Czech Republic: Over 126,000 positive for Covid-19 as virus surges in eastern Europe

Thirteen EU states urge bloc to share vaccine with Balkan and eastern neighbours

 A woman with a child  on an almost empty Charles Bridge in Prague, Czech Republic, as Covid-19 lockdown continues.  Photograph: Martin Divisek/EPA

A woman with a child on an almost empty Charles Bridge in Prague, Czech Republic, as Covid-19 lockdown continues. Photograph: Martin Divisek/EPA

 

The Czech Republic has reported its sharpest daily rise in coronavirus infections, amid growing concern across central and eastern Europe over the availability of vaccines against Covid-19.

Czech officials said on Wednesday that 17,278 new cases had been confirmed over the previous 24 hours, and that 126,348 people were currently infected – the most active cases ever recorded in the country of 10.7 million.

The Czech Republic now has one of the world’s highest infection rates, averaging 993 new cases a day per million people over the week to Tuesday, according to ourworldindata.org. During the same period, the Republic of Ireland logged a daily average of 720 new cases per million people.

The Czech health system is under strain with more than 7,000 people now in hospital with Covid-19, making it a bleak start to the new year for a country that was widely praised for its confident handling of the pandemic last spring.

Czech prime minister Andrej Babis acknowledged that he lifted restrictions too quickly in early summer, however, and his government struggled during the final months of 2020 to control the virus while trying to keep the economy moving.

“The situation is not improving. The number of people in hospital is still growing,” said Czech health minister Jan Blatny. “Unfortunately, the number of infections in families and among the elderly is growing. This is because of socialising over Christmas.”

He also argued, however, that the infection rate in the Czech Republic was not as bad as that in other European states that did less testing.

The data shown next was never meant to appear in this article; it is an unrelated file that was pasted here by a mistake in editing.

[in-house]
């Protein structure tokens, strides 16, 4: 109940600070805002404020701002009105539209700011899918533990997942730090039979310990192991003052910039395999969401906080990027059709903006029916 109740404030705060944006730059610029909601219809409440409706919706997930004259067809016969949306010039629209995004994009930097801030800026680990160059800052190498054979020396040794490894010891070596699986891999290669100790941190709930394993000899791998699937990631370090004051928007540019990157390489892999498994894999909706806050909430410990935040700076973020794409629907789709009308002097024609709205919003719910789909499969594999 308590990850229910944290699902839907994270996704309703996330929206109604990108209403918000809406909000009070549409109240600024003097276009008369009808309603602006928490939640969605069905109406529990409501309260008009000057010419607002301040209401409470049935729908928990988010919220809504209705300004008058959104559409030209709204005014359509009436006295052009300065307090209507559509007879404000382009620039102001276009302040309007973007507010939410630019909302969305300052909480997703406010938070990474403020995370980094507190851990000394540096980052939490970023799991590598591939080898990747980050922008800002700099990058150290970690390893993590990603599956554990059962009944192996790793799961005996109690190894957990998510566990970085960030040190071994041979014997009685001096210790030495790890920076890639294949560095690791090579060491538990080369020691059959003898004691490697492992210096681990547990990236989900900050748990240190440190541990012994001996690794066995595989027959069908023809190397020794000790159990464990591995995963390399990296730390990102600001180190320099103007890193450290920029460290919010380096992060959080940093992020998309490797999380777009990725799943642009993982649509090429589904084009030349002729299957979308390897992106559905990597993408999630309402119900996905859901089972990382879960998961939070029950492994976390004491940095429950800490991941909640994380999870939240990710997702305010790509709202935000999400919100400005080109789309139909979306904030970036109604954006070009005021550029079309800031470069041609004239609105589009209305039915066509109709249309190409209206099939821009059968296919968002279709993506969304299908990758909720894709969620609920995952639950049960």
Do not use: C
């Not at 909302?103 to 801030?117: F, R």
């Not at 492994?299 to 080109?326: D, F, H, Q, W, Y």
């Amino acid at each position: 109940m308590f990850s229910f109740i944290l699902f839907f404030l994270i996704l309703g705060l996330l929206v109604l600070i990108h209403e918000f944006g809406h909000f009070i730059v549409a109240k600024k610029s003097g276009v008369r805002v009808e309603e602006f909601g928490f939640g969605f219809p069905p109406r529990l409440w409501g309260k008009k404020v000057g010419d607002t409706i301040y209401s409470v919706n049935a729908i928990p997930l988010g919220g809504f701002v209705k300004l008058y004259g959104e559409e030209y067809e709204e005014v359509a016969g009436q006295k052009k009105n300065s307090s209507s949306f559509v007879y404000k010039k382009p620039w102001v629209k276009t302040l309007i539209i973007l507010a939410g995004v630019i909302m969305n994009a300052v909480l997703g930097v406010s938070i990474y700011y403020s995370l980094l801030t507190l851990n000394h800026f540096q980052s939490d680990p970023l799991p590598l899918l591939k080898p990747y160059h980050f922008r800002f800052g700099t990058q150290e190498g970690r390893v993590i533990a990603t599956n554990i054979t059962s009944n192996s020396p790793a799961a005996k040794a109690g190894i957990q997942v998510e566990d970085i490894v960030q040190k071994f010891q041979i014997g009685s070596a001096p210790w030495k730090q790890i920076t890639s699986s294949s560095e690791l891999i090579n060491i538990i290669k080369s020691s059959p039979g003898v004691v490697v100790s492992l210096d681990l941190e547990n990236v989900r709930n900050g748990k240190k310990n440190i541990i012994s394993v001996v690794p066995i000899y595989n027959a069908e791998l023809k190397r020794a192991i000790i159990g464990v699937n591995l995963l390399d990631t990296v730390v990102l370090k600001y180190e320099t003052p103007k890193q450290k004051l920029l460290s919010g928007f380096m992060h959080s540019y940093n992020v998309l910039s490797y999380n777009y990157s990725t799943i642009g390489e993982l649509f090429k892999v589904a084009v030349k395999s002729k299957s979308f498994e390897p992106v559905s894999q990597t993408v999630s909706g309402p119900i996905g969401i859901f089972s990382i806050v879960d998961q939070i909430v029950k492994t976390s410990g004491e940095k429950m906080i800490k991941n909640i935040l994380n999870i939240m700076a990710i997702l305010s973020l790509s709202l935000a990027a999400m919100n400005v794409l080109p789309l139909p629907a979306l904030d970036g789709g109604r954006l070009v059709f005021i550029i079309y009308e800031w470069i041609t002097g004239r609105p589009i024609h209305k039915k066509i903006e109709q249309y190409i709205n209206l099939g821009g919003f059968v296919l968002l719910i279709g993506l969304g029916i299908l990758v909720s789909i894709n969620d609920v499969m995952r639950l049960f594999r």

“We are not the worst in Europe,” Mr Blatny wrote on Twitter.

“Thanks to widespread testing we are also picking up asymptomatic carriers who might otherwise unknowingly transmit the disease. Such people make up a quarter of those tested each day.”

Neighbouring Slovakia tested about two-thirds of its 5.4 million people for coronavirus two months ago, but now faces surging Covid-19 cases and hospitalisations. In response, the government has tightened restrictions, closing hotels and ski resorts and banning travel between districts.

Fears over the winter toll of coronavirus are being compounded by frustration at what some states see as the EU’s slow rollout of vaccines.

“We have called for faster action. Unfortunately, there has been a long delay,” said Mr Babis.

“It’s not normal that the AstraZeneca vaccine, which we purchased in August, has not yet been approved,” he added, referring to a vaccine that the UK began using this week but which is yet to be cleared by EU authorities.

Thirteen EU states have jointly urged the European Commission to send coronavirus vaccines to the bloc’s Balkan and eastern neighbours, while Moscow has announced plans to supply Serbia with two million doses of its Sputnik V vaccine, which was administered on Wednesday to Belgrade’s speaker of parliament and interior minister.

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